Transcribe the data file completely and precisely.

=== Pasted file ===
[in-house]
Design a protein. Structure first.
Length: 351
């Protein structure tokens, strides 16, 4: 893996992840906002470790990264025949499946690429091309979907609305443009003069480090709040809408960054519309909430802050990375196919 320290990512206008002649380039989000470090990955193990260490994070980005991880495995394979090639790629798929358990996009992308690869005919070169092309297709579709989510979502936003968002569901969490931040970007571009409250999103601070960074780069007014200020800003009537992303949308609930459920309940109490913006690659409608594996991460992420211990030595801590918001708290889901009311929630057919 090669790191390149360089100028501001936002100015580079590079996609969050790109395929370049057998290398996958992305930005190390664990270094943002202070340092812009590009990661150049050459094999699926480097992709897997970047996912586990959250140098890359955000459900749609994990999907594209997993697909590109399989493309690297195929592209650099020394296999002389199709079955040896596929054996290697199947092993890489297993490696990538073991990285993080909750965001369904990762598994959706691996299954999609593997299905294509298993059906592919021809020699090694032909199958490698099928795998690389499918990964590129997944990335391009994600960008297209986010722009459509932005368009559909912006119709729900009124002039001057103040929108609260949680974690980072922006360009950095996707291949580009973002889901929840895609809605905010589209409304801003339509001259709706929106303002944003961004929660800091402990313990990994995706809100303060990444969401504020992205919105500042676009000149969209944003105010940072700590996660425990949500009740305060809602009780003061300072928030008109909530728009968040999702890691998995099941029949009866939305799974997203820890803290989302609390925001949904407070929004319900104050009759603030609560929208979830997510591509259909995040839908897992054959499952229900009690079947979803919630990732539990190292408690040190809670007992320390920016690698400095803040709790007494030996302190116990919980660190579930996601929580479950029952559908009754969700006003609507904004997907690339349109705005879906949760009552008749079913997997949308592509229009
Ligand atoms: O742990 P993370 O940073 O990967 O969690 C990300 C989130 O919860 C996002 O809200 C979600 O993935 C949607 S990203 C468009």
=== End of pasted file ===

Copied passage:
[in-house]
Design a protein. Structure first.
Length: 351
């Protein structure tokens, strides 16, 4: 893996992840906002470790990264025949499946690429091309979907609305443009003069480090709040809408960054519309909430802050990375196919 320290990512206008002649380039989000470090990955193990260490994070980005991880495995394979090639790629798929358990996009992308690869005919070169092309297709579709989510979502936003968002569901969490931040970007571009409250999103601070960074780069007014200020800003009537992303949308609930459920309940109490913006690659409608594996991460992420211990030595801590918001708290889901009311929630057919 090669790191390149360089100028501001936002100015580079590079996609969050790109395929370049057998290398996958992305930005190390664990270094943002202070340092812009590009990661150049050459094999699926480097992709897997970047996912586990959250140098890359955000459900749609994990999907594209997993697909590109399989493309690297195929592209650099020394296999002389199709079955040896596929054996290697199947092993890489297993490696990538073991990285993080909750965001369904990762598994959706691996299954999609593997299905294509298993059906592919021809020699090694032909199958490698099928795998690389499918990964590129997944990335391009994600960008297209986010722009459509932005368009559909912006119709729900009124002039001057103040929108609260949680974690980072922006360009950095996707291949580009973002889901929840895609809605905010589209409304801003339509001259709706929106303002944003961004929660800091402990313990990994995706809100303060990444969401504020992205919105500042676009000149969209944003105010940072700590996660425990949500009740305060809602009780003061300072928030008109909530728009968040999702890691998995099941029949009866939305799974997203820890803290989302609390925001949904407070929004319900104050009759603030609560929208979830997510591509259909995040839908897992054959499952229900009690079947979803919630990732539990190292408690040190809670007992320390920016690698400095803040709790007494030996302190116990919980660190579930996601929580479950029952559908009754969700006003609507904004997907690339349109705005879906949760009552008749079913997997949308592509229009
Ligand atoms: O742990 P993370 O940073 O990967 O969690 C990300 C989130 O919860 C996002 O809200 C979600 O993935 C949607 S990203 C468009």